The Centre has not received any notice from the US District Court regarding the enforcement of the $1.4-billion Cairn arbitration award, Minister of State for Finance Anurag Singh Thakur told Parliament on Monday.

“India has not received any notice from the US District Court for enforcement of the Cairn award as per the procedure laid down under the Hague Convention on the Service Abroad of Judicial and Extrajudicial Documents in Civil or Commercial Matters, 1965,” Thakur said.

In December, an international arbitration court in The Hague ruled against India in a retrospective taxation case that was filed by Cairn and awarded the Edinburgh-based oil and gas corporation approximately $1.2 billion in damages.

After a tense visit by Cairn CEO Simon Thomson last month during which he met with top officials at the ministry, Finance Minister Nirmala Sitharaman said she is duty-bound to appeal the arbitration verdict to protect India’s sovereign right to tax.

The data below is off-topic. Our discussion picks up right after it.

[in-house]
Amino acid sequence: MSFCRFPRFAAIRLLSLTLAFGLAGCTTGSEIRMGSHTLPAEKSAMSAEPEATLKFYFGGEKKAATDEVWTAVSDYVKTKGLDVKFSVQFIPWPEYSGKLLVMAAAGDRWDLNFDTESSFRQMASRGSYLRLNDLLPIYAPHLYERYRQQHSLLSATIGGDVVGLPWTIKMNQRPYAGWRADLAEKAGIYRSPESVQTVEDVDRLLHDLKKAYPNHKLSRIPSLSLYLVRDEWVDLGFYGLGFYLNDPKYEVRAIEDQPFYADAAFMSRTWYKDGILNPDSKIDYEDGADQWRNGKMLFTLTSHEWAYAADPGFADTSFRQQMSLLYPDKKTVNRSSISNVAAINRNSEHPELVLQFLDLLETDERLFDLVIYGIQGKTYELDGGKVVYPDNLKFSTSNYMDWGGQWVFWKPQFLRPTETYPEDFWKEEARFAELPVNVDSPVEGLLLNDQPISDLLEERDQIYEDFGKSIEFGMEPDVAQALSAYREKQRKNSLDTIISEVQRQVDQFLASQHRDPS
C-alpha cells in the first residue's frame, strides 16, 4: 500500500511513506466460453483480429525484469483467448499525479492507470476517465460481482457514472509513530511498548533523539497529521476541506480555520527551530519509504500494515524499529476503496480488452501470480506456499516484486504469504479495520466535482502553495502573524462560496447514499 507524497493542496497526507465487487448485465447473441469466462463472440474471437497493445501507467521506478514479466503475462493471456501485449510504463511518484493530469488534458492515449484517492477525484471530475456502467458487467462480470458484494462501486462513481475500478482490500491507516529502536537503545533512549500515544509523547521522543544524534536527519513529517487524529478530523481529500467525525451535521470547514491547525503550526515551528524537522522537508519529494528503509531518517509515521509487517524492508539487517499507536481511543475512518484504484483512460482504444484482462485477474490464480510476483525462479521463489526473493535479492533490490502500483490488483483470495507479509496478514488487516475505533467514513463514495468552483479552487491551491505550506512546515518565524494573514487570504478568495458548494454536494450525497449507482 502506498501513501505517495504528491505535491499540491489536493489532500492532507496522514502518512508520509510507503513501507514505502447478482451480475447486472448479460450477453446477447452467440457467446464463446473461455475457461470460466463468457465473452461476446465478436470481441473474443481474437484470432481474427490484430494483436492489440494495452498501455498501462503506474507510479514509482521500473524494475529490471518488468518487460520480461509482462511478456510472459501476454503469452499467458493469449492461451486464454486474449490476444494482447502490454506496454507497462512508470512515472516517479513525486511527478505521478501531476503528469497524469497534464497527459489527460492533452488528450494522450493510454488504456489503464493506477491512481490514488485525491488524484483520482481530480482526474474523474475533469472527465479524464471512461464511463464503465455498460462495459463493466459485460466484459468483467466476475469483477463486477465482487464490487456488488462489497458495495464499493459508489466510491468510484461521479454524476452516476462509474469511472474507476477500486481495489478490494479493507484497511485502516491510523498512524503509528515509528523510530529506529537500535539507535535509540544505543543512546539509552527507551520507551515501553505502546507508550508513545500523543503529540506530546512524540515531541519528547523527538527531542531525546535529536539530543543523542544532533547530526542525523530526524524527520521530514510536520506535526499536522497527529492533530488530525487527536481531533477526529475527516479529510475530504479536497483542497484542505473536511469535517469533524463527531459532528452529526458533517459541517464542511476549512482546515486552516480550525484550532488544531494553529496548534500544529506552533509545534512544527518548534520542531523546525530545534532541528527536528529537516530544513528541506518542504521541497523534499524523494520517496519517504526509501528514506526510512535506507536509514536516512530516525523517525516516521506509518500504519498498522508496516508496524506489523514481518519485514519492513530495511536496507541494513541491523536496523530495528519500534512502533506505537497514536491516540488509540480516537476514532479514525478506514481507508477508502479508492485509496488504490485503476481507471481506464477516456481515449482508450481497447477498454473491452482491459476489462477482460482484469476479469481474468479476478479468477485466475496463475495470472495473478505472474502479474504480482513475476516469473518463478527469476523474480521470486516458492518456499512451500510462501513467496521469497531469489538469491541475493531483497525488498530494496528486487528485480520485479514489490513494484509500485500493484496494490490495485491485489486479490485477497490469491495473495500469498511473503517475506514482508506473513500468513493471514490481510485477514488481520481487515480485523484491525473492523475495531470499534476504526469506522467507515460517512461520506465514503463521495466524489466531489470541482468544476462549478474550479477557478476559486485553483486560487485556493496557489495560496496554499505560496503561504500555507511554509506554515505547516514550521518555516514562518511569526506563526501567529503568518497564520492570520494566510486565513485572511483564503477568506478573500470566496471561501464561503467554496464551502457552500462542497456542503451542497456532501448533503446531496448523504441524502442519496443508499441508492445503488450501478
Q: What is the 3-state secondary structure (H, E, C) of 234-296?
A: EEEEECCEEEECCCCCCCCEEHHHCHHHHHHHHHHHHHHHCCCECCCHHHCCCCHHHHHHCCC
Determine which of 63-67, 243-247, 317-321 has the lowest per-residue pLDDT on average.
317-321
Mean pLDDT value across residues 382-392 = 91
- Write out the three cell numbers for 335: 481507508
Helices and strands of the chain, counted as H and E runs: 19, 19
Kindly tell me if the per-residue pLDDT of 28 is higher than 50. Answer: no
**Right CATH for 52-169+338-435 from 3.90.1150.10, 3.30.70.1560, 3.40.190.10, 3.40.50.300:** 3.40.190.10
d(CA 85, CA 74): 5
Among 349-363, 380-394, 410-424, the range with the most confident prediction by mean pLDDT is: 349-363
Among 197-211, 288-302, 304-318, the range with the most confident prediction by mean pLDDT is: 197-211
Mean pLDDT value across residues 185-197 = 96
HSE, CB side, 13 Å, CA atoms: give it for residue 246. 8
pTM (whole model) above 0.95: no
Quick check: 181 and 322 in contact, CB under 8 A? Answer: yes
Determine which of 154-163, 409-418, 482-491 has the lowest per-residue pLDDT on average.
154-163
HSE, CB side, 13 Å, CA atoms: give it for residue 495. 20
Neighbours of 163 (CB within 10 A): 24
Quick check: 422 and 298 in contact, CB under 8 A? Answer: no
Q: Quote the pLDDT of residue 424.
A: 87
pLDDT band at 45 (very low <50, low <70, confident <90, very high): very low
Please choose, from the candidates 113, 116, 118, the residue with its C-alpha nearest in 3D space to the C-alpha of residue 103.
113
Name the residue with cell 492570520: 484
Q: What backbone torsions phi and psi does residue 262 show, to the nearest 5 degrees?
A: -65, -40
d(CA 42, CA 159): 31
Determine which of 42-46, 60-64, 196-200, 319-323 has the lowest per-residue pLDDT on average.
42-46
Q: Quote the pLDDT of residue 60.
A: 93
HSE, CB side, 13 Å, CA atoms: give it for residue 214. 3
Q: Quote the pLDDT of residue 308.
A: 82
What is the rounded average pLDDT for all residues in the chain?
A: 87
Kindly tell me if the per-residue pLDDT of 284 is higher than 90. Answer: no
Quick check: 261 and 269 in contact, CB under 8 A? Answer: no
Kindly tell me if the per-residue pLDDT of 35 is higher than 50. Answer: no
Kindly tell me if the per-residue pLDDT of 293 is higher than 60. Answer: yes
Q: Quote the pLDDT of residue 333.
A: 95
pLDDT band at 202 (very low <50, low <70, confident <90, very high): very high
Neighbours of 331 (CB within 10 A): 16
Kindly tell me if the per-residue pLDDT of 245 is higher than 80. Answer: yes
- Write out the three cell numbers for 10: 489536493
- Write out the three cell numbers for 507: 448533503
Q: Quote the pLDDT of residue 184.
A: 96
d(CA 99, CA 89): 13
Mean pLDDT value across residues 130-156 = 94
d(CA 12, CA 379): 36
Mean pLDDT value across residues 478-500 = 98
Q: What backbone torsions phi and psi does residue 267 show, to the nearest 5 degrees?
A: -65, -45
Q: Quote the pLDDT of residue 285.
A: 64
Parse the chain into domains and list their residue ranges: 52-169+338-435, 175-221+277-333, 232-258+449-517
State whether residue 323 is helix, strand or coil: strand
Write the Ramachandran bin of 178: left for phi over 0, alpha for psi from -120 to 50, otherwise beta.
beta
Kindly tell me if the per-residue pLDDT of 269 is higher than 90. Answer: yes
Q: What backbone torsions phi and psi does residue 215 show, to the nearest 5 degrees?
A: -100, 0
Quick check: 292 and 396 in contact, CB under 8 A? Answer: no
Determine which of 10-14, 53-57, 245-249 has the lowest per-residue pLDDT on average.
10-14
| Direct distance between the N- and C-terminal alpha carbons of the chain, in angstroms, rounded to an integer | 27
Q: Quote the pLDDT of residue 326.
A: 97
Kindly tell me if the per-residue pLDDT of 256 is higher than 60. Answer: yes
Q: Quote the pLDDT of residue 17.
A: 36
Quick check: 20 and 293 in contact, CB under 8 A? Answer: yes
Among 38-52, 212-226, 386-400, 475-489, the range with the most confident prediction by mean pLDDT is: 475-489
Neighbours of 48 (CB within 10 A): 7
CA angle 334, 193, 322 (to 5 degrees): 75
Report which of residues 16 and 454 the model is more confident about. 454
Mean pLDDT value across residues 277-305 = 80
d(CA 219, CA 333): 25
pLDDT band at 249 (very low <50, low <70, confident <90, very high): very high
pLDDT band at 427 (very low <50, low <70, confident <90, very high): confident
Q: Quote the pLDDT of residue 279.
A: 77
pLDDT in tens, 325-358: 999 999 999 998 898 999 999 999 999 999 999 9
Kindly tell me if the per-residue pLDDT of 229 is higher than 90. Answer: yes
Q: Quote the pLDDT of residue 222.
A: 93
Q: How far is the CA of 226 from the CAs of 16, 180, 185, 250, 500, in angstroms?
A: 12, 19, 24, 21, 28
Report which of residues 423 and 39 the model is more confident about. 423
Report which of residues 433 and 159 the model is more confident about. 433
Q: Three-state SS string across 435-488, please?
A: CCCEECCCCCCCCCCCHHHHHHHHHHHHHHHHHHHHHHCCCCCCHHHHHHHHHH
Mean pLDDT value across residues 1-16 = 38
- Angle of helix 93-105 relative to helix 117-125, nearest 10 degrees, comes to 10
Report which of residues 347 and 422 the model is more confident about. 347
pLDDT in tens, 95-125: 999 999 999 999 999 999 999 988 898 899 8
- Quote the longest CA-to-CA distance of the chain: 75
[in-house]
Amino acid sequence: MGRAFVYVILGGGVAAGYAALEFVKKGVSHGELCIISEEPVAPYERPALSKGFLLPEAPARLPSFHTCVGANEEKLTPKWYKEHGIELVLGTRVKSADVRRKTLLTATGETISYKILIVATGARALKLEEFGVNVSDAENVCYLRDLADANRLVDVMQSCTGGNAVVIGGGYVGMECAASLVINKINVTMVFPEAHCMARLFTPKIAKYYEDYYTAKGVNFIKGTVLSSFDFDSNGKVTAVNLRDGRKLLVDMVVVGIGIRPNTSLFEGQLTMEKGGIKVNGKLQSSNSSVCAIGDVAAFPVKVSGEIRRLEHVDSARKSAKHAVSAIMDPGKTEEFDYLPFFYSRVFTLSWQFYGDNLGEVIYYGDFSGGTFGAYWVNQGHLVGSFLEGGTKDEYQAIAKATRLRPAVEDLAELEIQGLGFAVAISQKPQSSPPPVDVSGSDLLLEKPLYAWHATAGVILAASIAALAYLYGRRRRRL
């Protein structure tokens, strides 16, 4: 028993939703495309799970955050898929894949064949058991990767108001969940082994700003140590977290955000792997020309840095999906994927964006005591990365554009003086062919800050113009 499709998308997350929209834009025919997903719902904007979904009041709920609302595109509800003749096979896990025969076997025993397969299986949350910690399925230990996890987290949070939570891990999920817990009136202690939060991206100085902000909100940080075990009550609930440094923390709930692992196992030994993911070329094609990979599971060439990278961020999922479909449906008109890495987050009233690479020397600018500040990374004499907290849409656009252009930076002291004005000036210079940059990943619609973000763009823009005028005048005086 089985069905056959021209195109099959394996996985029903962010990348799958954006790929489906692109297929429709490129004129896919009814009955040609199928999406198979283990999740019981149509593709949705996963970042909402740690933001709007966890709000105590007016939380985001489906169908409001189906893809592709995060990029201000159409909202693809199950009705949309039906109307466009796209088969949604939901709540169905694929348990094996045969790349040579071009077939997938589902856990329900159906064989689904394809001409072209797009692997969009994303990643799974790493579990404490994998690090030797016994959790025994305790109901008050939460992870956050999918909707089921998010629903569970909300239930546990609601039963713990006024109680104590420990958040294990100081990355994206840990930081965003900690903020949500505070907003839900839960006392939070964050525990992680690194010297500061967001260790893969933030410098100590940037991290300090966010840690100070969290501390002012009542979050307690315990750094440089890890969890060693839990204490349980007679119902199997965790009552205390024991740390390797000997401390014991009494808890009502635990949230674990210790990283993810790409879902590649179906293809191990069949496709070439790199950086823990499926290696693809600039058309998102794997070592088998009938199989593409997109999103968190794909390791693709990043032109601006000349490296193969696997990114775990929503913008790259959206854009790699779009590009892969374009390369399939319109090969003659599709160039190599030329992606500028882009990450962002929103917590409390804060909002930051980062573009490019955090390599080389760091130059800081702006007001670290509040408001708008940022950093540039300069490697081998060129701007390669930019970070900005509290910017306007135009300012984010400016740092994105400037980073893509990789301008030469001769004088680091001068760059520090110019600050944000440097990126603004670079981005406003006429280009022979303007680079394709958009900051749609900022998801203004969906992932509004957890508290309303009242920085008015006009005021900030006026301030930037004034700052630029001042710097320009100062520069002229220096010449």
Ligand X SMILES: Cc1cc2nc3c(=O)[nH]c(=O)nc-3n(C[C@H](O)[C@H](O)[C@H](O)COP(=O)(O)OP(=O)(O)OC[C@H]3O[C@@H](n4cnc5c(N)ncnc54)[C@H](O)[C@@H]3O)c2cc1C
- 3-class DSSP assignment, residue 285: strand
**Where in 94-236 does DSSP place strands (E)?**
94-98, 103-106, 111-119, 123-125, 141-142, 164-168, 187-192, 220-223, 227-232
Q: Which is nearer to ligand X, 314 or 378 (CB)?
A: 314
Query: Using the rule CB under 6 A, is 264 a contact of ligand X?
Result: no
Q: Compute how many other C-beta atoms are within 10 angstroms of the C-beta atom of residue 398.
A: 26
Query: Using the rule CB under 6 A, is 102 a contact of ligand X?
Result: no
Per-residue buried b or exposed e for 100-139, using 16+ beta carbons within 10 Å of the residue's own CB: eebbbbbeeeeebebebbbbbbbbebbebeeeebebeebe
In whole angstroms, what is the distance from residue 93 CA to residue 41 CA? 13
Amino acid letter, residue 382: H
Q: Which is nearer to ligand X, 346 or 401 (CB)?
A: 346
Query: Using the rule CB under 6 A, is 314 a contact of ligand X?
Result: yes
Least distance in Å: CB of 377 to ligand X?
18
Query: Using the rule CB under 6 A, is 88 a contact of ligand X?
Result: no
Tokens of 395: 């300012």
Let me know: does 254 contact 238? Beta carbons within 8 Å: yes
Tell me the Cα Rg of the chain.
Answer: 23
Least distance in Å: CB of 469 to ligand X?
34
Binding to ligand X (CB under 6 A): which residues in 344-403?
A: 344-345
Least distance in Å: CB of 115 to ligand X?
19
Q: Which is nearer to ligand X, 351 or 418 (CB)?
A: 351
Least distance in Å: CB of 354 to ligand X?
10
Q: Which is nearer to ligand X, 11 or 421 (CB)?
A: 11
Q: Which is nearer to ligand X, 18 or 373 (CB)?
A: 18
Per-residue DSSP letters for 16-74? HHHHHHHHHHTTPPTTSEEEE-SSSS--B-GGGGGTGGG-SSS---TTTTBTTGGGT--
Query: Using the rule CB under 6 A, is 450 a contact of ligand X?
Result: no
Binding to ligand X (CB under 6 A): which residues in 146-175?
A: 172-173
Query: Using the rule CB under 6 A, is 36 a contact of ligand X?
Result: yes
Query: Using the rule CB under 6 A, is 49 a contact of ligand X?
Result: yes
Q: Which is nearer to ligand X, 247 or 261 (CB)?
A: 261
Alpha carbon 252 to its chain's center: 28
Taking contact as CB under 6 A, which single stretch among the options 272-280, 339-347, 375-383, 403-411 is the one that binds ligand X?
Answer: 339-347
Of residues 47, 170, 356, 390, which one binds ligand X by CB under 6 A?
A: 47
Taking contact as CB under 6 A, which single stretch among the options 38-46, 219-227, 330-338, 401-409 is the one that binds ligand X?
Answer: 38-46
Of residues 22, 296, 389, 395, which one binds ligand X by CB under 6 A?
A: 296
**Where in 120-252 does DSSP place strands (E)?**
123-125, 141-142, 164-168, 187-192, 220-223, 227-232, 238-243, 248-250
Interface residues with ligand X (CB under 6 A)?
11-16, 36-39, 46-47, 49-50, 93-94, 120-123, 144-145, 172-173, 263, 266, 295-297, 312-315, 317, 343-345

Unlike the government’s ongoing dispute with British telecom corporation Vodafone, where India has challenged an arbitration award of $1.2 billion in the Singapore High Court even though the original verdict was delivered at The Hague, Thakur said any appeal against the Cairn award will be filed at The Hague.

“The seat of arbitration in the case of Cairn arbitration is The Hague and not Singapore. Appeal if any in the case of Cairn has to be filed in the Hague,” Thakur said.

“Further any such decision on filing of appeal or otherwise is taken only after careful consideration of all aspects of the matter,” he added.

Cairn has reportedly approached courts in the US, the UK, the Netherlands, Canada and France for recognition of its arbitration award, after which the company would be able to seize Indian assets overseas to recoup the award.